Stodick tree brought down
September 10, 2004
By late Friday, all that remained of Lester Stodick’s historic cottonwood on Toler Lane was a series of trunks. The old ranch site is no longer protected from the sun despite the efforts of many Douglas County residents to protect the old tree.
The tree cut Friday is registered as a historic tree with the Nevada Division of Forestry, said Barbara Havens, one of those trying to prevent the destruction of these trees.
“Why did they have to start with the biggest tree?” said Douglas County resident Debbie Quatrochi.
She said they did not know the tree would be felled and did not have enough time to organize their effort.
“They should have stopped to give us a little more time to work something out,” she said.
H&S Construction is felling the grove of trees, which includes several other old cottonwoods, to make way for Stodick Estates, a new development just east of Elges Avenue in Gardnerville.
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The outbuildings on the site will also be removed.
In a plea at Thursday’s county commissioner’s meeting, Havens urged more cooperation with respect to these issues.
“Developers are motivated by profit. They have little concern the history, culture, or the future well-being of a community. These trees should be allowed to die in their own time,” Havens said. “County of officials should provide the check and balance.
“The commission must act for us. I urge you to change your approval process so you know what is on the land, before you approve a project,” she said. “So we can make a reasoned decision, with full disclosure to the people so the community truly has a voice.”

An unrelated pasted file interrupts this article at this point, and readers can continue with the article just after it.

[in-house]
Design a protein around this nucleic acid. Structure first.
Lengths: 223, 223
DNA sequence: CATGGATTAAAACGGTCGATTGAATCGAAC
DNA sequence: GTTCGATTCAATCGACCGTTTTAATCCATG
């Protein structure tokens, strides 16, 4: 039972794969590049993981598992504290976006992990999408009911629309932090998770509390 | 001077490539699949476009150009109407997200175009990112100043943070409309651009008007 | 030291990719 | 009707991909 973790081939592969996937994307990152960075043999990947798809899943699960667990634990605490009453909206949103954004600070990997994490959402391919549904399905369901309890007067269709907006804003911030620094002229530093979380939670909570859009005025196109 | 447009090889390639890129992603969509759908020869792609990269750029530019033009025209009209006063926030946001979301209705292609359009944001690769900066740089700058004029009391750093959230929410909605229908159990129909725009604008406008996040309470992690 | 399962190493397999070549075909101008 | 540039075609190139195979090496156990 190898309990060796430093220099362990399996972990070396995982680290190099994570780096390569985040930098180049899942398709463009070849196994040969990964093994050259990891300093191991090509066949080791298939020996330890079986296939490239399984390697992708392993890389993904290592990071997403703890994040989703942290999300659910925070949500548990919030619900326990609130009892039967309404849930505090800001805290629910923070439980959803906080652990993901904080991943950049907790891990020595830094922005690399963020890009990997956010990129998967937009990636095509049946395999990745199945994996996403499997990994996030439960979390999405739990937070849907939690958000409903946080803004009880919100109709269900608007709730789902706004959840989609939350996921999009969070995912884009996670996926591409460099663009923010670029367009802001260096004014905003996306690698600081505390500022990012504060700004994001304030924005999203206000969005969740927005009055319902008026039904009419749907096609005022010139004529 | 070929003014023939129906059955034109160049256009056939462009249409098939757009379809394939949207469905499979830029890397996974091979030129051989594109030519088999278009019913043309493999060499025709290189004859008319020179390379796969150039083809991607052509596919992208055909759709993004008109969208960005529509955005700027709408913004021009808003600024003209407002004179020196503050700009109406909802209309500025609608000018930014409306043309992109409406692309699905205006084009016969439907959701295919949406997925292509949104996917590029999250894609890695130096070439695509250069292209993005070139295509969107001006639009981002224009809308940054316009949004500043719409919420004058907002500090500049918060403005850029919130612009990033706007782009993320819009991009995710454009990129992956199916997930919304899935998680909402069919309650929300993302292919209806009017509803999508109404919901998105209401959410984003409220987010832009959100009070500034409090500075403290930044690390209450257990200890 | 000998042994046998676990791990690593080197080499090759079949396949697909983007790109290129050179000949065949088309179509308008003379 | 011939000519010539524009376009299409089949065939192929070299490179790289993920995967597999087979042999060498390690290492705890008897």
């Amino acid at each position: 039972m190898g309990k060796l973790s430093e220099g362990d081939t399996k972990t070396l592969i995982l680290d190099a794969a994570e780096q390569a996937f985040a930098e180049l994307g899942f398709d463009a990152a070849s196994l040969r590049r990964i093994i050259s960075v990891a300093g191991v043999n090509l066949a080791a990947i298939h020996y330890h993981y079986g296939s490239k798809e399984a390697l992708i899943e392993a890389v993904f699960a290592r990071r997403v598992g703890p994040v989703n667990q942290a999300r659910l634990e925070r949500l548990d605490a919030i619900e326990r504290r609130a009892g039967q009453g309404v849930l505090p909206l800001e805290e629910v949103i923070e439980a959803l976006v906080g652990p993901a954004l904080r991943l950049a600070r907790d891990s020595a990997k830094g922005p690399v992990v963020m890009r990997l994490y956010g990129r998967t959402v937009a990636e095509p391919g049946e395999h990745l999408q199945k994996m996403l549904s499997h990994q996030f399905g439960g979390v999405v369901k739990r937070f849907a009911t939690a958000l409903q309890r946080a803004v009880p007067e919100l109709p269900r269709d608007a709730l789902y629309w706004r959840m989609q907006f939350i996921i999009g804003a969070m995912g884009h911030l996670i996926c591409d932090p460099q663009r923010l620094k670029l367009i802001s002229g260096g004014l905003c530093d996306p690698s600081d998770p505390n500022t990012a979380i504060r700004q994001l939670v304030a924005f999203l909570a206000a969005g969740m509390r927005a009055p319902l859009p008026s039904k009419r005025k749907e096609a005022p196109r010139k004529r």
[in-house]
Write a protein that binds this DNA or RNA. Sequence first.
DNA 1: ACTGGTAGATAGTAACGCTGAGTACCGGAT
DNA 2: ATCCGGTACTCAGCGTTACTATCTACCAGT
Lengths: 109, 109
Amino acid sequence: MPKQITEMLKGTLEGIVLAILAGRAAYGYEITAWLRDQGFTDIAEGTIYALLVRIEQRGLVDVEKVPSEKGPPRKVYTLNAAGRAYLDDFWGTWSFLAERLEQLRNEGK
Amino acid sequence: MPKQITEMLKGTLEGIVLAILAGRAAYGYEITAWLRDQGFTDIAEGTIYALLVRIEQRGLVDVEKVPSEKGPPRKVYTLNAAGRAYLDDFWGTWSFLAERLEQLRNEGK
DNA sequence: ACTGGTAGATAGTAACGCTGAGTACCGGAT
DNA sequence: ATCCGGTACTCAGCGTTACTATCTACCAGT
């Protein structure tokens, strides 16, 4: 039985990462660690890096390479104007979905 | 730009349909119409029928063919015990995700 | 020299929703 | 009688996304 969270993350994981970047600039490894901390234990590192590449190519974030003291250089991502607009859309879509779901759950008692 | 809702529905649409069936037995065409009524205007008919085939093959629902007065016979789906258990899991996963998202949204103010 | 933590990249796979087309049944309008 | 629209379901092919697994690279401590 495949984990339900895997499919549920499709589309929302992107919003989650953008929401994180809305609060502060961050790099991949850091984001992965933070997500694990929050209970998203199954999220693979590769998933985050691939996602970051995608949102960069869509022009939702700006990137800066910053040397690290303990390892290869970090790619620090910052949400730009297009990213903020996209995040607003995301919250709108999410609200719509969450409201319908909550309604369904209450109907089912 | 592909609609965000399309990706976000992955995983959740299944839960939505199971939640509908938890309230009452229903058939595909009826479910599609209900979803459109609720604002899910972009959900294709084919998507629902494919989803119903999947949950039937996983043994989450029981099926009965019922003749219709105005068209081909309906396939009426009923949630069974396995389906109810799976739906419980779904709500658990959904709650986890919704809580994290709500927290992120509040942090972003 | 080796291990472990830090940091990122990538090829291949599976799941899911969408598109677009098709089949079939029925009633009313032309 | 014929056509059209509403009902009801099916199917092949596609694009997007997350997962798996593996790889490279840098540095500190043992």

Nancee Goldwater, a wildlife rehabilitation specialist and employee at Douglas County Animal Control, said owls nesting in the trees are still nurturing their young and disturbing the process is a violation of the Federal Migratory Bird Treat Act.
Kevin Kritz, a wildlife biologist with the U.S. Fish and Wildlife Service said the act applies to both public and private lands. The nesting window has passed for these birds, but some will re-nest if their first efforts fail.
“It is regrettable that these birds are losing their habitat, but there are limits to our authority,” he said in a previous interview. “If the incident occurs late in the year and there’s no prior evidence of damage to the birds, there isn’t much law enforcement people can do.”
Estabrook Tree Works is handling the tree removal for H&S Construction.
— Susie Vasquez can be reached at email@example.com or 782-5121, ext. 213.